I would consider some vagal stimulation as being detrimental to her cardiac output. Stimulation in the throat/neck (eating) as well as building pressure in the abdomen (from using the bathroom or trying to hold it in) can all cause a vagal response. Sitting a patient up and shifting their already fragile and likely very dry fluid status isn't helping them either.

A statement from my ED side: I don't care about stool samples. Doubly so in patients that are being admitted. The ICU can get poop, the patient will poop eventually. The floor can get poop, the patient will poop eventually. If we are concerned for bowel ischemia (looking for blood) we shouldn't be feeding them, if we are looking for infection that is life threatening we should be treating them empirically until we get that sample regardless.

A few thoughts on lactates. Lactates are not a specific marker for sepsis, they are a marker of anaerobic metabolism. They can be elevated from sepsis, cardiac failure, respiratory failure, large tumor burdens, having a seizure, and so on. We certainly trend them in our septic patient, but they are only a piece of the puzzle. Same goes for things like elevated white counts. As a note you can definitely die from viral sepsis, so don't consider a low procal always be a good sign.

A few thoughts to take home. Every nurse (and doctor for that matter) has made a mistake at some point. Those who say they haven't are either lying or too dumb to realize the mistakes they have made, both are people you don't want to work with.

All of healthcare is an art whether it is nursing, medicine, pharmacies, therapies, or something else. We all practice to get better. I hope that no one makes mistakes, but more importantly we need to learn from our mistakes and near-misses to get better and provide our patients the best care we can. This is a great opportunity to learn about hemodynamics, pressors, sepsis and so on. If you aren't already I would strongly consider professional membership in the ENA and AACN, and take advantage of the wealth of knowledge and education that is available.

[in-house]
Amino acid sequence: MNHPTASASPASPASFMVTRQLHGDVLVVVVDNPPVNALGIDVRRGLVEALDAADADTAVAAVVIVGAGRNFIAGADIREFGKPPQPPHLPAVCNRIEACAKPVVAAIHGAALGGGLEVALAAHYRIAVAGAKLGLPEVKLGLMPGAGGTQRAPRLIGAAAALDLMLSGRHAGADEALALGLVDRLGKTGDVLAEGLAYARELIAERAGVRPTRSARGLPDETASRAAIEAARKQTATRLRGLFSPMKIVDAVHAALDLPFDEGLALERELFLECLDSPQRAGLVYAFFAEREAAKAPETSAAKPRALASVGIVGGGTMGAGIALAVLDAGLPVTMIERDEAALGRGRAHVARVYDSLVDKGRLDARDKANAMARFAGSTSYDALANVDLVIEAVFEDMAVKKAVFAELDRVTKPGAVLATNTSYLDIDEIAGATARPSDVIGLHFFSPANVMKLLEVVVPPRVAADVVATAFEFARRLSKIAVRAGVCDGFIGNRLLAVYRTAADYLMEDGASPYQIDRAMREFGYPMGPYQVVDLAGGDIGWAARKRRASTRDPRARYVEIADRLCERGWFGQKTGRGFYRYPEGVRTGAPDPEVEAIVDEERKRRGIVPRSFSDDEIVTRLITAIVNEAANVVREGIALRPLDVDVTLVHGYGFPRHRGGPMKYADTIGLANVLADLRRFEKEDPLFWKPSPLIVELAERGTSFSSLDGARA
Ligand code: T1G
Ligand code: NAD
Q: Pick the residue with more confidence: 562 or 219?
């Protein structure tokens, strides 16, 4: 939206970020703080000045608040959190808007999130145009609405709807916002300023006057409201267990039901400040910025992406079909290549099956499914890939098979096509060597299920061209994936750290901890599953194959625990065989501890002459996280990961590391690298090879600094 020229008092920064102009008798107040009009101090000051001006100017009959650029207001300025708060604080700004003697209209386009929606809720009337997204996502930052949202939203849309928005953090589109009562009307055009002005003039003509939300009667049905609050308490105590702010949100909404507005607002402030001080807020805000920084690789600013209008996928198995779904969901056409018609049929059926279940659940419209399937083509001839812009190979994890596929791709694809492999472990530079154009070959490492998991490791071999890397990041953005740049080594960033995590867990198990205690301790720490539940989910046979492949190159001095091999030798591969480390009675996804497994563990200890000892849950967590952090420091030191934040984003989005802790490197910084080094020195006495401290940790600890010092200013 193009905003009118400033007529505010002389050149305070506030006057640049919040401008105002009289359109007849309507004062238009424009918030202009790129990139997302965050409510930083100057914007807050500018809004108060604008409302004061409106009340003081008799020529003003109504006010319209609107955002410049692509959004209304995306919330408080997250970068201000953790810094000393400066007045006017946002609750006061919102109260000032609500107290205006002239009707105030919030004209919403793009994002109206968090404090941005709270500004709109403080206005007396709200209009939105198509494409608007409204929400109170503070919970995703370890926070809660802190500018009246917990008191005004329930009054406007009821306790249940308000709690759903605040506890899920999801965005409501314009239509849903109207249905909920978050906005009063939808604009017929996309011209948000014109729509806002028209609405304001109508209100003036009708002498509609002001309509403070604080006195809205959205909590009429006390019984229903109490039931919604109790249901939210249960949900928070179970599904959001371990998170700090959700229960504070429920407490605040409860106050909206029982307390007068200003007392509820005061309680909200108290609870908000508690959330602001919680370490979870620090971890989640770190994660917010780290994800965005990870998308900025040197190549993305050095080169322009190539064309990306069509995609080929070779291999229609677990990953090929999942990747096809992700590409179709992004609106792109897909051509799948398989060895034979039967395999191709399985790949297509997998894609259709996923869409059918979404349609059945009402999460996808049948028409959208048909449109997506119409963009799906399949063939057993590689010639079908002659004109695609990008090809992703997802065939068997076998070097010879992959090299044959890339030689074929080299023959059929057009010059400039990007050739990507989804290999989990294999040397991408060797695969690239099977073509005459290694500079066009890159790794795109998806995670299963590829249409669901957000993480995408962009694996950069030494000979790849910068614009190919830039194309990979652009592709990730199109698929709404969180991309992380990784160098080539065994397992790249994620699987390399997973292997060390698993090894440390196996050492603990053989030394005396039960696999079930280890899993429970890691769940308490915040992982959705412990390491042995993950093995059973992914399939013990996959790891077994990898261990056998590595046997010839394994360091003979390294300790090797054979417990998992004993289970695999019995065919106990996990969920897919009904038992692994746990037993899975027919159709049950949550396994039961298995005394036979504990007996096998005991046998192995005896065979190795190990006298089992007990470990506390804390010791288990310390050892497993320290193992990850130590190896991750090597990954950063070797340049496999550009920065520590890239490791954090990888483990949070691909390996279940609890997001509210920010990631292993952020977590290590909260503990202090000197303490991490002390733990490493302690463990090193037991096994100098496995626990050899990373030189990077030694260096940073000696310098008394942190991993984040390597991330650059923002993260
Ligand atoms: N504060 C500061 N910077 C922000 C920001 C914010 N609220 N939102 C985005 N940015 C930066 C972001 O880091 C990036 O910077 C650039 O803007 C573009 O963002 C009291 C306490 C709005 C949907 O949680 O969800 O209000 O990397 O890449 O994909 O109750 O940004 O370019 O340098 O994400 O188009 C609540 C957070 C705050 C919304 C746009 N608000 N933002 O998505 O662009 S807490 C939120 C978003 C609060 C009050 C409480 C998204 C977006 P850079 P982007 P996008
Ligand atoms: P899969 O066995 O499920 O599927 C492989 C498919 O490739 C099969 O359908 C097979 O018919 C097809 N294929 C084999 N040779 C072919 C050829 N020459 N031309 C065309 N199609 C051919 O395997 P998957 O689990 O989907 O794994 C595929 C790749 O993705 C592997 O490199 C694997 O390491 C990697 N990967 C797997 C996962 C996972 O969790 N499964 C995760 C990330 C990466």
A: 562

Lastly a lot of patients are not compatible with life. If we had made a different decision perhaps we could have bought them a few more minutes, hours, or days... but some patients are going to die no matter what we do. Death is a part of life, and part of healthcare.

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3 hours ago, PeakRN said:

 

I'm a bit confused as to why you would give lasix to a patient on pressors who is septic. Fluid balance is of huge consequence in the septic patient, and while we certainly don't want to cause strain from overload in the septic patient generally we preferentially give more fluids rather than trying to diurese the patient. I'd be hard pressed to think of many situations where I want to clamp down vasculature but also reduce intravascular volume, especially early in sepsis management. Lasix is also not really a kidney friendly drug, especially in the setting of poor perfusion. You are asking the kidney to do more work with the same impaired perfusion. If for some reason we really want to diurese a patient with poor perfusion we should be considering CRRT, but that should also be an ICU level care intervention and does not need to be done in the ED.